“We have non-transparent, deceptive pricing,” said Chuck Bell, a director at Consumer Reports who has been protesting the junk fees for years. “Tour providers are reluctant to tell you the full price up front, so they hide it.”

Although hotels make it difficult to view their resort fees, several resources online regularly track charges.

Resort Fee Checker Lets you search for a hotel to see if it charges a resort fee and if so, how much. NerdWallet, a personal finance site, conducted a Analysis on the biggest offenders this year Resort fees. The study found that Wyndham properties, Hyatt and IHG charged the highest rates, on average 3.8 percent to 6.5 percent of the total cost of a room.

Another best practice is to check prices directly through the hotel’s website rather than through a third-party agency like Expedia or Priceline. This is because hotels sometimes charge a separate resort fee to those booking through third parties. And if you join the hotel’s loyalty program, they often offer to waive the resort fee for returning customers.

Airlines make the process extra painful, as additional fees usually aren’t shown until deeper into the ticket booking process. After you’ve already selected a flight and entered your personal information, you’re shown how much it would cost to select seats or check bags.

Mr. Harteveldt said that by far the best rule of thumb is to become familiar with a brand’s business model and the types of fees it typically charges. It has become common knowledge that the budget airlines offering the cheapest tickets compensate for the difference in price by charging more for basic amenities like seat selection and baggage.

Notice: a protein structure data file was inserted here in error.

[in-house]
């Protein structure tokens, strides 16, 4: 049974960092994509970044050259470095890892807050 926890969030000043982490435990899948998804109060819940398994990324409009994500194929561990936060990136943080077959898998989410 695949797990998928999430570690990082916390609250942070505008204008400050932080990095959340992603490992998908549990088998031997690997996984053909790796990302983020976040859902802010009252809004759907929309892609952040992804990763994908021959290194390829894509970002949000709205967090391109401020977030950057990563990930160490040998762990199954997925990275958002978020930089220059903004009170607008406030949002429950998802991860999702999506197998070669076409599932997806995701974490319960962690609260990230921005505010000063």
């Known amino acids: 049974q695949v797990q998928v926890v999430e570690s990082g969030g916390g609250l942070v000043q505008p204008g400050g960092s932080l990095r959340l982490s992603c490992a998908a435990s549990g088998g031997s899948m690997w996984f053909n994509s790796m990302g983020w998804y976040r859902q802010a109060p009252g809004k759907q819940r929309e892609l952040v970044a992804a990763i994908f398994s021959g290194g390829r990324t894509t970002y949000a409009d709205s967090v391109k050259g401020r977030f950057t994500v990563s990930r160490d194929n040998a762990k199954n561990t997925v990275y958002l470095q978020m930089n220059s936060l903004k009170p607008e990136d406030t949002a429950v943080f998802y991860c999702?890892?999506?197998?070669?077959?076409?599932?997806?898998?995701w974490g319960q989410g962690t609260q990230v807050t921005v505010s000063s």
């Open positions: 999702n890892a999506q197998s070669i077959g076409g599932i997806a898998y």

analysis by NerdWallet February found that budget brands Frontier and Spirit Airlines charged the most for seat selection, and Alaska and Hawaiian Airlines charged the least.

If you choose an airline that charges for seat selection, you can choose not to select a seat and then expect to be able to do so with a customer service representative at the terminal. But it’s a gamble and not ideal, especially for families.

Now more labor is necessary if you want to travel on a budget. After plugging in all the numbers for each vendor, tally up the totals with all the charges. Only then will you be able to make the correct cost comparison.

Hopefully we will not need to do this in the future. Doug Farrar, an FTC spokesman, said that instead of advising consumers on how to deal with the surprise charges, the agency was attempting to cut down on junk fees by keeping up with the rules regulating the practice.

He said, ‘We are going to try to eliminate it. But he added: “I don’t think you can avoid it strictly speaking. It’s just baked into the process.

Some brands are evading regulatory action by changing their ways. Marriott International said it recently updated its room rates to include resort fees charged when people used its app and website to book. Hyatt said in a statement that it plans to do just that.

Of course, that doesn’t mean brands will stop charging. But it would help to know right away that the deal isn’t as good as it seems. Then you can book elsewhere.